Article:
May Day: Occupy movement returns, but can it win converts?
On May Day, Occupy protesters sought to signal that last year was the beginning – not the ending – of their movement. But this year, they have to be more than lobbyists, experts say.
The Occupy movement kicked off its “spring awakening” in New York’s Bryant Park with a mini-replica of Occupy Wall Street efforts from last fall – free food, a skills exchange, and plenty of noise and soap-box style rhetoric.
But the movement, which was displaced from its Wall Street area encampment by the New York Police Department last November, mainly used the midtown park as a staging area with groups of 40 to 50 mostly youthful protesters at a time marching to nearby corporate headquarters.
“Pay your taxes!” chanted one group outside of News Corporation, which owns Fox News and The Wall Street Journal. “No New York City taxes!” they yelled outside the building housing the hedge fund Paulson & Co. The NYPD monitored the protests and made some isolated arrests of about seven people through midafternoon, according to the National Lawyers Guild, which was monitoring the events.
Protest organizers said that the goal of the day, aside from much of the anticorporate rhetoric, was to show that it was back after a relatively dormant winter.
“We want to displace the narrative that this is a fad and disappearing,” says Mark Bray, a spokesman for the Occupy movement. “We want to show that we are building a long-term social movement.”
Outside observers believe it’s important for the Occupy movement that the May Day protests appear successful. “There have been lots of false starts,” says George Ciccariello-Maher, a political scientist at Drexel University in Philadelphia.
“This is the next big stage,” says Mr. Ciccariello-Maher, who is a specialist in social movements. “They have to be able to show they can attract the numbers, not just do political lobbying.”
Much of the May Day rhetoric was way to the left of even the liberal Democrats.
Economist Dennis Jacobe of Gallup, a polling company in Princeton, N.J., says most Americans would be hard-pressed to consider earning a lot of money a crime. “That is a big step,” he says.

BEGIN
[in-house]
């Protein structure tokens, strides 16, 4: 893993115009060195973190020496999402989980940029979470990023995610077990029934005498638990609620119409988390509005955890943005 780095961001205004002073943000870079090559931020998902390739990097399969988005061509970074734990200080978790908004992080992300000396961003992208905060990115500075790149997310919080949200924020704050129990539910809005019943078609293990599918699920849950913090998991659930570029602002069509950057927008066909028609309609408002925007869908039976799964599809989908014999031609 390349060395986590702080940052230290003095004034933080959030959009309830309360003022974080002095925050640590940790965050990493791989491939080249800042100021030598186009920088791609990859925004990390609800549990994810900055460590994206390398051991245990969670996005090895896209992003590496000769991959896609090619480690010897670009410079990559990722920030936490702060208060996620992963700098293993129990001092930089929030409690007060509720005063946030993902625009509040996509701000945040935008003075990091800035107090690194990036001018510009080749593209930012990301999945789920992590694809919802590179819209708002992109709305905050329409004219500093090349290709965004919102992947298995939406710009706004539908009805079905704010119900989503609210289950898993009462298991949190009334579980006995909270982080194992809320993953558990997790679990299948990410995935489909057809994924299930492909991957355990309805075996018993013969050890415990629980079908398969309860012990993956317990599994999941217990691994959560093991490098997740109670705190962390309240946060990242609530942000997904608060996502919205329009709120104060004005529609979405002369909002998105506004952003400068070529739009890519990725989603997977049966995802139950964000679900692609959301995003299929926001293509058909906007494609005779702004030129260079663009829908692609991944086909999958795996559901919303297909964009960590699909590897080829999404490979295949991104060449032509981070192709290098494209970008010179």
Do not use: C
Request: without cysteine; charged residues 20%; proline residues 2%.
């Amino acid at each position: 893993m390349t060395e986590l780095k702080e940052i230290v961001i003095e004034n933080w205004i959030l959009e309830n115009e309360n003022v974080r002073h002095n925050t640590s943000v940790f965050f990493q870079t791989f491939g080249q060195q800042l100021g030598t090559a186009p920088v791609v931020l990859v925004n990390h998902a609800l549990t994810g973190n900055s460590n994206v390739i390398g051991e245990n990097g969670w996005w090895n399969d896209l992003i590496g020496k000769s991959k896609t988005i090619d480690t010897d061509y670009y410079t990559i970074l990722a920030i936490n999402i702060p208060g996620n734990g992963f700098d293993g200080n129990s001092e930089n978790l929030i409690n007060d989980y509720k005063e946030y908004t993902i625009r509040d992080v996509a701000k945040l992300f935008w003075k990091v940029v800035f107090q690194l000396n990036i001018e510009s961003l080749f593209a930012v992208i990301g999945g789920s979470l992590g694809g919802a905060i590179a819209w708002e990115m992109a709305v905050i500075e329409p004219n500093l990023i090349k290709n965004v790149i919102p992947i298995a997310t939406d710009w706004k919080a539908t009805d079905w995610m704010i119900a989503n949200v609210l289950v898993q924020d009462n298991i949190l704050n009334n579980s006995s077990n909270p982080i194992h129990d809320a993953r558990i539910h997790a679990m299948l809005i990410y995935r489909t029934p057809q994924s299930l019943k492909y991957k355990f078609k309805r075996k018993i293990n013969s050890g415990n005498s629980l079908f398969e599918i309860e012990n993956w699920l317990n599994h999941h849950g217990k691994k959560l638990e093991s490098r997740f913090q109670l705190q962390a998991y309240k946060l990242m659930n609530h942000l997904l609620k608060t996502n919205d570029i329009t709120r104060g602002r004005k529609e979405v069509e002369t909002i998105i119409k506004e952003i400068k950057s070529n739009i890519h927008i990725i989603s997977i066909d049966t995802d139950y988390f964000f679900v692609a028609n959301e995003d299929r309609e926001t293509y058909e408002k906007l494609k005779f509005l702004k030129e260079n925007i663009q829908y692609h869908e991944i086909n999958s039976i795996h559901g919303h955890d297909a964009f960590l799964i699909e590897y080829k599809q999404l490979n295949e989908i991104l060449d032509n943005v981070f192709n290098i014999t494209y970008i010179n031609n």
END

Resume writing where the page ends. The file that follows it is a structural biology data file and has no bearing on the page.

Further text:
In polls, he says, most people indicate that they think taxes are fair, but if they are asked if the wealthy should pay more, they agree. But in a recent poll, Gallup also found that half of Americans felt taxes were fair and the other half thought they were too high.
In addition, he says, Americans are loath to add taxes to the rich because they think that they, too, might become wealthy. “We still have a lot of upward mobility in the US,” he says. “In the back of everyone’s mind is: If you tax the wealthiest, I might be one of them.”
After several hours of protest in midtown Manhattan, the protesters left Bryant Park for Union Square, where Mr. Morello and others planned to perform. The marchers took up about six city blocks, with some participants singing “This Land is Your Land,” and chanting, "Whose Streets? Our Streets!" The police kept pace with motor scooters, while people watched from office windows along Fifth Avenue.
At Union Square they planned to hear more of the music of the disenfranchised from Mr. Morello and other musicians. Then, late in the day, they planned to walk to Wall Street with labor, interfaith, and other organizations. Once there, they planned on a “People’s Assembly,” a quirky system of participatory democracy that aims to work out consensus by debate and hand signals, such as wiggling of fingers.
Protester Buddy Bolton of New York said he hoped the day would result in more exposure and more recognition in the community about the goals of the Occupy movement.
“Time will tell if that happens,” he says. “If there are more laws passed by Congress and they address some of our concerns about student loans and other laws concerning economic justice and black people.”